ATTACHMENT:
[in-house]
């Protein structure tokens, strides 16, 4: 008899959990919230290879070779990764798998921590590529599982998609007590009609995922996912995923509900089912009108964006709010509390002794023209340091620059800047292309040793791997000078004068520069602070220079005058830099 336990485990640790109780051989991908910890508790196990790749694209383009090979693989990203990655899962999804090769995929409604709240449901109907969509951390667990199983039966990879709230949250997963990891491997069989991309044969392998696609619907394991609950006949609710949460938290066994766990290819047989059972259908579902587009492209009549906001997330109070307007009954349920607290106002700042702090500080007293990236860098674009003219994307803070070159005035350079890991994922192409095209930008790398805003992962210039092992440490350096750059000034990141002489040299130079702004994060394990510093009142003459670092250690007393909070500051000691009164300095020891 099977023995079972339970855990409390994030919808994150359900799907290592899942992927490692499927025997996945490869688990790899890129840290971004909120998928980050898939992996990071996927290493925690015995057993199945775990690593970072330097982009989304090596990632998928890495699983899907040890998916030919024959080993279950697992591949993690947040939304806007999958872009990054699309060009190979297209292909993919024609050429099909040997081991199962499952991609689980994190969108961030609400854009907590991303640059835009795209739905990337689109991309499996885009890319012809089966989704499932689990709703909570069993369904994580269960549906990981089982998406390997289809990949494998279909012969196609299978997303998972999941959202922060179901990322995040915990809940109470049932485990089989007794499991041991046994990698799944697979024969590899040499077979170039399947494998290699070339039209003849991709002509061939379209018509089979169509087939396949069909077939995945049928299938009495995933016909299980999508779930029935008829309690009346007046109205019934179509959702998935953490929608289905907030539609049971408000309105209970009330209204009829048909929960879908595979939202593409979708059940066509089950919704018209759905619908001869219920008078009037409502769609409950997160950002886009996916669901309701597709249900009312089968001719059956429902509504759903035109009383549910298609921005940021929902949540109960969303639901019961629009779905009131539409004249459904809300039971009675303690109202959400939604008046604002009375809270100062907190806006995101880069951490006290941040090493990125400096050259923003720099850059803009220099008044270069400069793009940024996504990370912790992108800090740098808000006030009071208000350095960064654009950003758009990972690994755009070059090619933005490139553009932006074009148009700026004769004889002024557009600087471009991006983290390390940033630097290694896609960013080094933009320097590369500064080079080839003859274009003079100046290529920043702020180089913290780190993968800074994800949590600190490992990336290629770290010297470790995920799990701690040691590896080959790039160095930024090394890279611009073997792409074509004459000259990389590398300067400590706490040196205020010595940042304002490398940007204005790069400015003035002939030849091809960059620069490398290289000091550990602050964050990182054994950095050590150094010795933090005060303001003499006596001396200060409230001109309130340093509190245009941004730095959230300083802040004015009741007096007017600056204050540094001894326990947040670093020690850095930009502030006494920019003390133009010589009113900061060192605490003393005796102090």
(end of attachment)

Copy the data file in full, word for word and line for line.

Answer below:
[in-house]
């Protein structure tokens, strides 16, 4: 008899959990919230290879070779990764798998921590590529599982998609007590009609995922996912995923509900089912009108964006709010509390002794023209340091620059800047292309040793791997000078004068520069602070220079005058830099 336990485990640790109780051989991908910890508790196990790749694209383009090979693989990203990655899962999804090769995929409604709240449901109907969509951390667990199983039966990879709230949250997963990891491997069989991309044969392998696609619907394991609950006949609710949460938290066994766990290819047989059972259908579902587009492209009549906001997330109070307007009954349920607290106002700042702090500080007293990236860098674009003219994307803070070159005035350079890991994922192409095209930008790398805003992962210039092992440490350096750059000034990141002489040299130079702004994060394990510093009142003459670092250690007393909070500051000691009164300095020891 099977023995079972339970855990409390994030919808994150359900799907290592899942992927490692499927025997996945490869688990790899890129840290971004909120998928980050898939992996990071996927290493925690015995057993199945775990690593970072330097982009989304090596990632998928890495699983899907040890998916030919024959080993279950697992591949993690947040939304806007999958872009990054699309060009190979297209292909993919024609050429099909040997081991199962499952991609689980994190969108961030609400854009907590991303640059835009795209739905990337689109991309499996885009890319012809089966989704499932689990709703909570069993369904994580269960549906990981089982998406390997289809990949494998279909012969196609299978997303998972999941959202922060179901990322995040915990809940109470049932485990089989007794499991041991046994990698799944697979024969590899040499077979170039399947494998290699070339039209003849991709002509061939379209018509089979169509087939396949069909077939995945049928299938009495995933016909299980999508779930029935008829309690009346007046109205019934179509959702998935953490929608289905907030539609049971408000309105209970009330209204009829048909929960879908595979939202593409979708059940066509089950919704018209759905619908001869219920008078009037409502769609409950997160950002886009996916669901309701597709249900009312089968001719059956429902509504759903035109009383549910298609921005940021929902949540109960969303639901019961629009779905009131539409004249459904809300039971009675303690109202959400939604008046604002009375809270100062907190806006995101880069951490006290941040090493990125400096050259923003720099850059803009220099008044270069400069793009940024996504990370912790992108800090740098808000006030009071208000350095960064654009950003758009990972690994755009070059090619933005490139553009932006074009148009700026004769004889002024557009600087471009991006983290390390940033630097290694896609960013080094933009320097590369500064080079080839003859274009003079100046290529920043702020180089913290780190993968800074994800949590600190490992990336290629770290010297470790995920799990701690040691590896080959790039160095930024090394890279611009073997792409074509004459000259990389590398300067400590706490040196205020010595940042304002490398940007204005790069400015003035002939030849091809960059620069490398290289000091550990602050964050990182054994950095050590150094010795933090005060303001003499006596001396200060409230001109309130340093509190245009941004730095959230300083802040004015009741007096007017600056204050540094001894326990947040670093020690850095930009502030006494920019003390133009010589009113900061060192605490003393005796102090």